If you’re reading this blog, there is a reasonably good chance that you’ve heard of the YouTube channel MinutePhysics and its sister-channel MinuteEarth. I haven’t done an exhaustive survey, but I have certainly heard from many educators that they enjoy these videos consisting of short, time-lapsed drawings. With well over three million subscribers, these videos have no-doubt made their way into many classrooms.

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When it comes to evolution, best to start the learning young. (Ilmicrofono Oggiono via via Flickr, Creative Commons Attribution)

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Science frequently challenges our intuitive understanding of the world. Even as an adult, I am constantly confronted with new scientific advancements and discoveries that don’t always line up with my preconceived notions. Such ideas are considered counterintuitive because they present themselves in ways that are counter to one's intuitive notions or “gut feelings.”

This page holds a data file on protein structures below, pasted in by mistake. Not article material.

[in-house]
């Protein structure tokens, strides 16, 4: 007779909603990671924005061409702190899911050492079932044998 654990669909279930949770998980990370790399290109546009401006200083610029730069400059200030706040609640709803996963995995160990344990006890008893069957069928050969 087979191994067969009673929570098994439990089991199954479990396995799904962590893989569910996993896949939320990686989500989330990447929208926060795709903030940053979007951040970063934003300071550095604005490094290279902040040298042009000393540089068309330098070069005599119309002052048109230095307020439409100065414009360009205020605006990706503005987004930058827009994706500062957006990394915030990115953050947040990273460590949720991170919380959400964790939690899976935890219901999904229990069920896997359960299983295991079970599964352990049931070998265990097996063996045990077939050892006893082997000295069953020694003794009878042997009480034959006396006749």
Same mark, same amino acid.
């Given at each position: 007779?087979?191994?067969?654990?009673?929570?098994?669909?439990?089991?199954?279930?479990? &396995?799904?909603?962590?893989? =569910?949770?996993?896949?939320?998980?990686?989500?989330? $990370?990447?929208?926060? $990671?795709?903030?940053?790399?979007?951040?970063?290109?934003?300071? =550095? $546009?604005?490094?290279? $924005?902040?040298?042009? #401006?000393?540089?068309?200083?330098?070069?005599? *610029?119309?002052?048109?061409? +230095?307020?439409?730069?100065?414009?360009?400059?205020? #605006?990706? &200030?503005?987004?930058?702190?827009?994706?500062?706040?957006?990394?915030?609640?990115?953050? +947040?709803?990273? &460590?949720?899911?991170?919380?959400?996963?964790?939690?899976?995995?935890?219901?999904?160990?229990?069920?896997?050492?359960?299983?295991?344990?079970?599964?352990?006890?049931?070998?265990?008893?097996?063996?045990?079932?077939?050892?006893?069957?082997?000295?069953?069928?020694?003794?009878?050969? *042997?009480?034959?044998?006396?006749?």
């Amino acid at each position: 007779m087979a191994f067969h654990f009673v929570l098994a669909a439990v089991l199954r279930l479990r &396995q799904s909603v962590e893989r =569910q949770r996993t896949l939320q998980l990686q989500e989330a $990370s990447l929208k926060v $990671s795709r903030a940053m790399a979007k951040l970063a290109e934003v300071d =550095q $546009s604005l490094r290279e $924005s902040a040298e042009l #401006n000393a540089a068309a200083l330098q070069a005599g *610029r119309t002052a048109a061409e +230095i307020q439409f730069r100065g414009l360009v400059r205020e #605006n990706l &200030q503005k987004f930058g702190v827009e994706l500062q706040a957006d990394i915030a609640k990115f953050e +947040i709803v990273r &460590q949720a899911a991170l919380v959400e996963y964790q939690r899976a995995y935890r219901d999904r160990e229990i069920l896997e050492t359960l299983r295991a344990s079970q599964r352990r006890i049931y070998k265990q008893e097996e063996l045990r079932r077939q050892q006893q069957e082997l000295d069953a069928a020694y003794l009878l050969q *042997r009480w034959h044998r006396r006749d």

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This past week my e-mail in-box has been filling up with messages about Utah.

“Have you seen what’s going on there?” people are asking me. “They are trying to write climate denial into the standards!”

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Alabama state coat of arms, via Wikimedia CommonsIn September 2015, something amazing happened. It isn’t what we traditionally think of as ground-breaking or life-changing, but to millions of young people in one southern state, this will be the first step toward a new lens on science. What was it?

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Scott Hatfield was one of NCSE’s Grand Canyon Teacher Scholarship winners. He teaches biology at Bullard High School, in Fresno, California. Teachers can apply for a scholarship on next year's trip, and you can donate to the scholarship fund or sign up for the trip now.

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In part 1 of this Q&A, I asked John Mead, a Dallas teacher who befriended Lee Berger, the discoverer of Homo naledi, about how he came to know about the new hominid species in advance, and he answered in detail. Now I’ve got a simple request for him…

Stephanie Keep: Sum up the importance of Homo naledi in one sentence.

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It should be pretty obvious by now that I’m pretty excited about the discovery of Homo naledi announced on September 10. Sure, there are some known unknowns, but it’s just such a cool story!

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